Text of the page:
Horrorfest 2015 Presents: Nightbreed (1990, Clive Barker)

A good way to tell if you are in a horror movie is that David Cronenberg is your psychologist. Plus you are having recurring nightmares of murders and a place that is not found on any map. If you also encounter a strange man who ends up carving off his own flesh and speaks of a mystical place known as Midian, the very place you have been searching for, well you are most likely in a horror movie. Clive Barker created a cult film in Nightbreed, a twisted yet oddly captivating and moving fantasy horror movie about a man’s search for a place to call home.

Boone is the name of that young man, troubled because he is being framed for crimes he has never committed. Midian happens to be something truly else, a community that is almost out of this world. Only Barker, the creator of so many gruesome and yet intriguing films and books could give birth to something as inspired and fascinating as this film. Lucky for me Netflix had the director’s cut which was released by Scream Factory, and thus I was able to witness Barker’s vision as intended. Studios never care about the artist and what they are trying to accomplish.


Even after I saw this film I still was not sure what the creatures of Midian were, and I’m not sure if they were really good or not. Compared to a twisted mask wearing serial killer, rednecks and corrupt local law enforcement the beings of Midian are saints. Also its too bad that Craig Sheffer never became a big star, as he’s great in this movie as Boone. Matching him rather well is Anne Bobby as Lori Winston, his girlfriend, who does not understand what is going on with Boone and searches for him despite it clearly not being a good idea. Cronenberg manages to be rather creepy as Boone’s psychologist, Dr. Decker-although I cannot say more about what occurs-and he really should have been in more movies, as he is that rare director who can act.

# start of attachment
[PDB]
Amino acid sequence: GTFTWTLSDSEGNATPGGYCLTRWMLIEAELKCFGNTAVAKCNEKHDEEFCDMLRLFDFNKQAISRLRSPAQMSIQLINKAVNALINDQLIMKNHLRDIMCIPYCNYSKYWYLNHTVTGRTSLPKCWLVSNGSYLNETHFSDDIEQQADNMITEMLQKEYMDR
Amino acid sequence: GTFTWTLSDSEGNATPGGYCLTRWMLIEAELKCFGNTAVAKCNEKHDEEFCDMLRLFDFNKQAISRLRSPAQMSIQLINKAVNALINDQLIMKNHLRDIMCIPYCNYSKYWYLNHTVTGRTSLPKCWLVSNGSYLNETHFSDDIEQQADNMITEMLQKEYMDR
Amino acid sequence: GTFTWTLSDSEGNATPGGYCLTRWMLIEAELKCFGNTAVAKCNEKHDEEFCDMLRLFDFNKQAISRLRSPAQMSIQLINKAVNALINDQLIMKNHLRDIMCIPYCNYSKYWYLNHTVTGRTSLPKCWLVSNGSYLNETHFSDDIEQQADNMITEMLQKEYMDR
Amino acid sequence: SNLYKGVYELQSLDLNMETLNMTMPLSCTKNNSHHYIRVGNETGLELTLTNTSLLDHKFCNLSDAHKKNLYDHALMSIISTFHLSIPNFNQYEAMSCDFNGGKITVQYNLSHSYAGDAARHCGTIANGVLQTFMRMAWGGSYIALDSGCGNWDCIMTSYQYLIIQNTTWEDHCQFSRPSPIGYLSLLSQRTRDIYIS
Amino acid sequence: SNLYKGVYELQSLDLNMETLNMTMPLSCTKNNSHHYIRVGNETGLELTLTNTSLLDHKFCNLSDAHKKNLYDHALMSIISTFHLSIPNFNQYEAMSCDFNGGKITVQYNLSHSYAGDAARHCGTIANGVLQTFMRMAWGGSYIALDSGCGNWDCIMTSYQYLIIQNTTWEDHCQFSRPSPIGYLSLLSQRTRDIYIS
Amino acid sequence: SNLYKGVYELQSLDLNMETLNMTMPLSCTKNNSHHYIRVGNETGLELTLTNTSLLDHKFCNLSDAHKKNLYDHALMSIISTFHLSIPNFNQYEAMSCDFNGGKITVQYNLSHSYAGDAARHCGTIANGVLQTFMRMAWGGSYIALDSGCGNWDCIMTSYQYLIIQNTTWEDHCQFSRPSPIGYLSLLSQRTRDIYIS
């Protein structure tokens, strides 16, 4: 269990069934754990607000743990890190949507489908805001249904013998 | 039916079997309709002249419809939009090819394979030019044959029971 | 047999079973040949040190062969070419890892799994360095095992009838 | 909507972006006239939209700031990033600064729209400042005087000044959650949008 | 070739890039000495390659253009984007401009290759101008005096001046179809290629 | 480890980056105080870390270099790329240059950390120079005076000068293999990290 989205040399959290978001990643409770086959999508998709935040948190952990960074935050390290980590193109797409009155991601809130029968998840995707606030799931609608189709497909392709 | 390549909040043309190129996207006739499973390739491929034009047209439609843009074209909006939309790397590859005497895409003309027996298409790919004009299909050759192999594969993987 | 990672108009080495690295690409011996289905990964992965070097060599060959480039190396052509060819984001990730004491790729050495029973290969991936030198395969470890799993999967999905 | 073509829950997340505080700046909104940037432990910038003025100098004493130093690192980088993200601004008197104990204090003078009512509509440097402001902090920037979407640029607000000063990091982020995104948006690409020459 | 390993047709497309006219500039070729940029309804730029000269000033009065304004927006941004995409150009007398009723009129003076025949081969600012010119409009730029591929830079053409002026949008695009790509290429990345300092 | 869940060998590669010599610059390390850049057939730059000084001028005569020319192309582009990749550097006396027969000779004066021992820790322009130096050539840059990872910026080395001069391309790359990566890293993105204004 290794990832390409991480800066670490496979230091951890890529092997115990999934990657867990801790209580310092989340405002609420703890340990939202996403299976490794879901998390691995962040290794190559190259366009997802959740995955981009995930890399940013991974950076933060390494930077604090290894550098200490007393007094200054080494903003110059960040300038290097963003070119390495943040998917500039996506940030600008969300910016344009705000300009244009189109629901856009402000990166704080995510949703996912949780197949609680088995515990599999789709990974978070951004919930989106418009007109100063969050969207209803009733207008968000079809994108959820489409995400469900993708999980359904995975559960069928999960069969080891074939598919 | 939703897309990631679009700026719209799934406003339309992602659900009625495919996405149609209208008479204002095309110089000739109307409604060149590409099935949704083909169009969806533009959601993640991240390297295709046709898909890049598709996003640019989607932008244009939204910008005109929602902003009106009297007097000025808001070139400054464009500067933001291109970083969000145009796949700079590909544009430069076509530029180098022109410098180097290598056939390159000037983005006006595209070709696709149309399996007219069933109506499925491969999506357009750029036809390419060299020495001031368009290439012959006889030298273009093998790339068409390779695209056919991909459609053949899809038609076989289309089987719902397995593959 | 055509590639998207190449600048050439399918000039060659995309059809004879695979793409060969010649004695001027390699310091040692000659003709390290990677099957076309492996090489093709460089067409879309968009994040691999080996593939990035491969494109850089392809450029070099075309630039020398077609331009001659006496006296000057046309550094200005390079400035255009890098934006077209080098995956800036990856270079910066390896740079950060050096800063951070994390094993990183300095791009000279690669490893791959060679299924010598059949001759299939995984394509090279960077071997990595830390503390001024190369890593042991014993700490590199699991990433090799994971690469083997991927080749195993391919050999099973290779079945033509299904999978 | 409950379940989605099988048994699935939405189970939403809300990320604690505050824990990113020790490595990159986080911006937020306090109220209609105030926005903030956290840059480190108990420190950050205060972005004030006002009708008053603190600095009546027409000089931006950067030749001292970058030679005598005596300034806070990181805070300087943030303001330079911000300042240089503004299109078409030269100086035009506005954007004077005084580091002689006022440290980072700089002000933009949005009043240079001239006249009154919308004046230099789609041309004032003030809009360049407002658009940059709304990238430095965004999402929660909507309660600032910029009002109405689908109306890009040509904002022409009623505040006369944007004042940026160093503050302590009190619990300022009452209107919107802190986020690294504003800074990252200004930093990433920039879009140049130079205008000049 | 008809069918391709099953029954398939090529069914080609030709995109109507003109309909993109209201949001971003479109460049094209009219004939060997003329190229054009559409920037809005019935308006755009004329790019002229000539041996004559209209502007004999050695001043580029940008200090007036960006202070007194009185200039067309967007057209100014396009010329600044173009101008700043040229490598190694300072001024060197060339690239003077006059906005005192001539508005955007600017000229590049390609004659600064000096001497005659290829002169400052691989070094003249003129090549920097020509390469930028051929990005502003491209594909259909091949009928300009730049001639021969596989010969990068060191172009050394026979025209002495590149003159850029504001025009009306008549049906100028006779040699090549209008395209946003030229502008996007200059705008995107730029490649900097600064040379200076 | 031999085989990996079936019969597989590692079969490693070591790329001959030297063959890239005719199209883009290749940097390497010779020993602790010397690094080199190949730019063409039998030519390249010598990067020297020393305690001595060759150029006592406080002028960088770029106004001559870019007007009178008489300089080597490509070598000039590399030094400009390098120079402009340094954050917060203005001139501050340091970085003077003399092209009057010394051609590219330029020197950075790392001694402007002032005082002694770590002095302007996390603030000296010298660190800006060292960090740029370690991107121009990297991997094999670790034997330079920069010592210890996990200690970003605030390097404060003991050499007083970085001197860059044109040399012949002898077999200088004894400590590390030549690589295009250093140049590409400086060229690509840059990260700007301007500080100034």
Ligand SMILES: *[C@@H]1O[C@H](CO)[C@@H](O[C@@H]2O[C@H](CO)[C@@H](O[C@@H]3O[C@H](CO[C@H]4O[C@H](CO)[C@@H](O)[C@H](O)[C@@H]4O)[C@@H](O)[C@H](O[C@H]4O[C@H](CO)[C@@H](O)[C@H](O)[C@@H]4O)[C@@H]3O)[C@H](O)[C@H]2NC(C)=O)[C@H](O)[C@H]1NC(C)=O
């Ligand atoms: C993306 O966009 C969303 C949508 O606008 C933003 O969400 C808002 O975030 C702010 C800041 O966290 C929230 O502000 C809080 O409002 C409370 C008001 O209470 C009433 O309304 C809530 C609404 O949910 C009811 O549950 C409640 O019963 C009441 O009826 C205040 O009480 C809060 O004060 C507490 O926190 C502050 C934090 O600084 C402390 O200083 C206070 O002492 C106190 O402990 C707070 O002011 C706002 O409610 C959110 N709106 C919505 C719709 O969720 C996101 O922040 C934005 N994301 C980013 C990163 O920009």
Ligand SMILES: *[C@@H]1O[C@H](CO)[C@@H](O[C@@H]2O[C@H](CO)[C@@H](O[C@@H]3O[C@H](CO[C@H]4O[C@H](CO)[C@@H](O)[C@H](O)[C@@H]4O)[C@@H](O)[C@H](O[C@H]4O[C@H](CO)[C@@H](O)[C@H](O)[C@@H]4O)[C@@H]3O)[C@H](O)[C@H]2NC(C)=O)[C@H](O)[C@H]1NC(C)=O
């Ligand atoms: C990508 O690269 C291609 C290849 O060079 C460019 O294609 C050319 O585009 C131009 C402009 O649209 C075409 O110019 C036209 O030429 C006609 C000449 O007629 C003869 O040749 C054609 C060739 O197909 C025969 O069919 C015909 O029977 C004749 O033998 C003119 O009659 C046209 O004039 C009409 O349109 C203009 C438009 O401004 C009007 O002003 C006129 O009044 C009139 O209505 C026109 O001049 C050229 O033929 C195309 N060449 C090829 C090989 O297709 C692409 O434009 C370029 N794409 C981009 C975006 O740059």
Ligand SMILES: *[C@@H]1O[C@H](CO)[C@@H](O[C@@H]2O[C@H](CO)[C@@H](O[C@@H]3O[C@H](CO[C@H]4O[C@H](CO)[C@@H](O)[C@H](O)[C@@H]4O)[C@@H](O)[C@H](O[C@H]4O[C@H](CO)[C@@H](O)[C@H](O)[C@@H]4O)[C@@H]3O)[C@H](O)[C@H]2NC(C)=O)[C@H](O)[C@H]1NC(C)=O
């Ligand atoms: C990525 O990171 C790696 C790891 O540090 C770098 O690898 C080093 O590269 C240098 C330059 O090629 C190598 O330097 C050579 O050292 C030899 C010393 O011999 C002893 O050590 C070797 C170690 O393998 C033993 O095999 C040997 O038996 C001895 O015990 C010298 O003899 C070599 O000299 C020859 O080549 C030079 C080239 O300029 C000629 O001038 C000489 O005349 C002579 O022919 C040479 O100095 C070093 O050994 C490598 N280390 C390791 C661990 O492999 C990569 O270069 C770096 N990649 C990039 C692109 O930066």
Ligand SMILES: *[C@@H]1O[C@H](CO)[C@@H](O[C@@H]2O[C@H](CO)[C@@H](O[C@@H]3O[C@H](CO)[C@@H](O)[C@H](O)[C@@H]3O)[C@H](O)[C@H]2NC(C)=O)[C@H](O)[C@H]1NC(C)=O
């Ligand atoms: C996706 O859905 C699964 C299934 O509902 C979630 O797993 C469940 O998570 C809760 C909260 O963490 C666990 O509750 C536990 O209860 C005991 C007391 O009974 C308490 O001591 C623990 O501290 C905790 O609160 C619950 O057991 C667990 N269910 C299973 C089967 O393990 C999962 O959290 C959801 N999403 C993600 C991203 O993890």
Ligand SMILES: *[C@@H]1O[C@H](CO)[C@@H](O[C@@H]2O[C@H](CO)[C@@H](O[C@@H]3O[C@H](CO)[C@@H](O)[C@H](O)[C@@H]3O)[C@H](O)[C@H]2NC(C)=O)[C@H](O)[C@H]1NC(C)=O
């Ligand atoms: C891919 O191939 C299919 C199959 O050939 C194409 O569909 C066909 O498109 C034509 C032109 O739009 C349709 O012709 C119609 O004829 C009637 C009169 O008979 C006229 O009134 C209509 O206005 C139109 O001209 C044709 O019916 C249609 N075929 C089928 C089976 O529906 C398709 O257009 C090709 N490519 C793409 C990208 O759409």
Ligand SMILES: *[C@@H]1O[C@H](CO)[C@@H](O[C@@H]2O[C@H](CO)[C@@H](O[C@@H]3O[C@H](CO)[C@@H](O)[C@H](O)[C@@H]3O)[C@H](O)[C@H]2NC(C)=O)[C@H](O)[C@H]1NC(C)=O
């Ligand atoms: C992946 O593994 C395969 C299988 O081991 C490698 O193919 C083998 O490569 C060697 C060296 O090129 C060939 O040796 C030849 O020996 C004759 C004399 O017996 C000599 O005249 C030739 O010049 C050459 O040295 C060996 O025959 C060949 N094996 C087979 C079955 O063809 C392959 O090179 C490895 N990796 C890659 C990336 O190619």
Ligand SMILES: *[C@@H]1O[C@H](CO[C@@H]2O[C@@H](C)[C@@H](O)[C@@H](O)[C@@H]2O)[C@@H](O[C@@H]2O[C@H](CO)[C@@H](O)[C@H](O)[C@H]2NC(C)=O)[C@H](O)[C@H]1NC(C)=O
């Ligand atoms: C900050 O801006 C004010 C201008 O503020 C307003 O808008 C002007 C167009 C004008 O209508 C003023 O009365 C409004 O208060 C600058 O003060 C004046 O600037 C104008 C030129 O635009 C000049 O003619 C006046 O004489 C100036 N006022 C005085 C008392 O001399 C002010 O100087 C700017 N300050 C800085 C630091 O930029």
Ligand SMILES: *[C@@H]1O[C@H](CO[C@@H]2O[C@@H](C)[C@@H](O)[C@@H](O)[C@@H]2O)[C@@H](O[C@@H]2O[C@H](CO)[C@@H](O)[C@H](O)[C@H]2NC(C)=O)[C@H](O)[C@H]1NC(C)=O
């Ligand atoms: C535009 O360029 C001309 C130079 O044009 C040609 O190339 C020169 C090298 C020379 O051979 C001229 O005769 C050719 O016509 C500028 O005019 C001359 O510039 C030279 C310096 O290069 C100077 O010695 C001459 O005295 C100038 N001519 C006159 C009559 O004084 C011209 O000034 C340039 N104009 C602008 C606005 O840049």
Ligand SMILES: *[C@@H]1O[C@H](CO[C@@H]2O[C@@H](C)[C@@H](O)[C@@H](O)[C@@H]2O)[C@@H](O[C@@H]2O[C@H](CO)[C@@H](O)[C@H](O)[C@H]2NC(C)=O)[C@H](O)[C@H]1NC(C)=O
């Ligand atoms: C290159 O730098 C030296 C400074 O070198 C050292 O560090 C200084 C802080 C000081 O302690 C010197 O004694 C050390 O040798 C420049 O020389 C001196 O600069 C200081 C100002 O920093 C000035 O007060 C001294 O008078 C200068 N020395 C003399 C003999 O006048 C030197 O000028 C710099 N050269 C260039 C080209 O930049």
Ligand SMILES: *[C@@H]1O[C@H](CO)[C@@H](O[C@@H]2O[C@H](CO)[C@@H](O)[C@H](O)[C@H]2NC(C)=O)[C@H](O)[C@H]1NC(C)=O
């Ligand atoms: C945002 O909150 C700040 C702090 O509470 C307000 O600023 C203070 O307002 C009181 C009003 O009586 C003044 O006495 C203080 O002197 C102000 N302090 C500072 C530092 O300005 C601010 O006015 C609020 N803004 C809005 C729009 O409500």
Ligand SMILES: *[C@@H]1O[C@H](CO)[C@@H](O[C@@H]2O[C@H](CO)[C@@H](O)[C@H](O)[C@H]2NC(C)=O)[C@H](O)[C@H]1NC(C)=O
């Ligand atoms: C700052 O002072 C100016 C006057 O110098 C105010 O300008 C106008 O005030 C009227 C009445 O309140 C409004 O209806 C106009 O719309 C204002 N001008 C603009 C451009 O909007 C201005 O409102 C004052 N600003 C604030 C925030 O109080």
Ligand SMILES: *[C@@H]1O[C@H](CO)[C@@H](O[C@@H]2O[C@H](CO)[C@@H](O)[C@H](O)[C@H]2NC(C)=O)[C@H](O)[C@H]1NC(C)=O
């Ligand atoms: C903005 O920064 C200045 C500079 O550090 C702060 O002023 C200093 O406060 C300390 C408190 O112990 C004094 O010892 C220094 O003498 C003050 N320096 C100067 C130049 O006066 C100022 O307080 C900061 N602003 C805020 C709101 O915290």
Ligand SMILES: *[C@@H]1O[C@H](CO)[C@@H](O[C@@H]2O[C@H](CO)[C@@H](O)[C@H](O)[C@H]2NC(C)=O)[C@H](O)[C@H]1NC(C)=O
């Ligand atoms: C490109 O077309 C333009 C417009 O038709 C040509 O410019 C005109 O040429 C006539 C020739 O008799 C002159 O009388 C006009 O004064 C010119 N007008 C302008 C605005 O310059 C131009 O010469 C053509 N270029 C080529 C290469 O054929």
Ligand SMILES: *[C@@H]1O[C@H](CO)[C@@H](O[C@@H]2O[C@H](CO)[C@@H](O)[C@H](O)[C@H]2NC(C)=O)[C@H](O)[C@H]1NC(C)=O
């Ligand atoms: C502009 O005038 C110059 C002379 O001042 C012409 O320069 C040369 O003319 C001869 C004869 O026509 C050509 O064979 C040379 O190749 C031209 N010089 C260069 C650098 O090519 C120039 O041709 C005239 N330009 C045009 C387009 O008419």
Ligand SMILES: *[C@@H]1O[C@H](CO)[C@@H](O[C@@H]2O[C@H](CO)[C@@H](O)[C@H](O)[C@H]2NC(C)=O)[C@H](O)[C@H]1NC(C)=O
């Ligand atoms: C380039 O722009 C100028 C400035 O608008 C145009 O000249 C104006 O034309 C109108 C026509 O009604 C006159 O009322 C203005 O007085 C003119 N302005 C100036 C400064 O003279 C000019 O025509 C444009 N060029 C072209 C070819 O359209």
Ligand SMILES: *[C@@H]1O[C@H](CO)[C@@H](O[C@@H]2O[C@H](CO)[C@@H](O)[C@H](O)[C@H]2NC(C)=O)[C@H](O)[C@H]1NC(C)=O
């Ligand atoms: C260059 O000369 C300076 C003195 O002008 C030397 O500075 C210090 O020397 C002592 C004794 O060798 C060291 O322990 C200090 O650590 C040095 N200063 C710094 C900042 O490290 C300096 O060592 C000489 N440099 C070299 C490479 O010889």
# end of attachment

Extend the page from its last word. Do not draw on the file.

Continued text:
I also liked how the film uses so many different creature effects, and of course Doug Bradley, who famously played Pinhead, makes an appearance in this movie. I also prefer the alternative ending, which is the one that is used for the Netflix copy of this film since it is the director’s cut. I know of the original ending and it sounds weaker by comparison. Although just like Hellraiser this film falls short of greatness, I still think of both films rather highly and I have so far enjoyed Barker as a director. Its worth noting that both Nightbreed and Lord of Illusions were both meant to be franchises, and yet it was Hellraiser that ended up being the series, for better or for worse.

Horrorfest 2013 Presents: Hellraiser (1987, Clive Barker)

Pinhead and his minions have such things to show you. Oh yes they do-pain and pleasure, violence and hate. Love is not involved and tears are a waste of good suffering. Open the puzzle box and enter their world at your own peril. For they may tear your flesh and soul apart. This is not one of the goriest movies I’ve ever seen but it digs under your skin like a parasite.

I was mentally exhausted from my first time viewing of Hellraiser. The film is gross and disturbing even before the main villains reappear to destroy lives. Despite some clearly dated FX this is still a really gruesome movie that plays its material straight. If anything it has more in common with nasty 70s and 60s horror than the mostly goofy and fun horror films of the 80s.

Oh and I did pick up on the obvious sadism and sexual references littered throughout the movie. You have human and literal monsters, graphic sex scenes and mentions of sex and creatures offering the ultimate experience. Few movies are quite like this one and there have been few movies like this one since. I don’t know if that’s a good thing or not.

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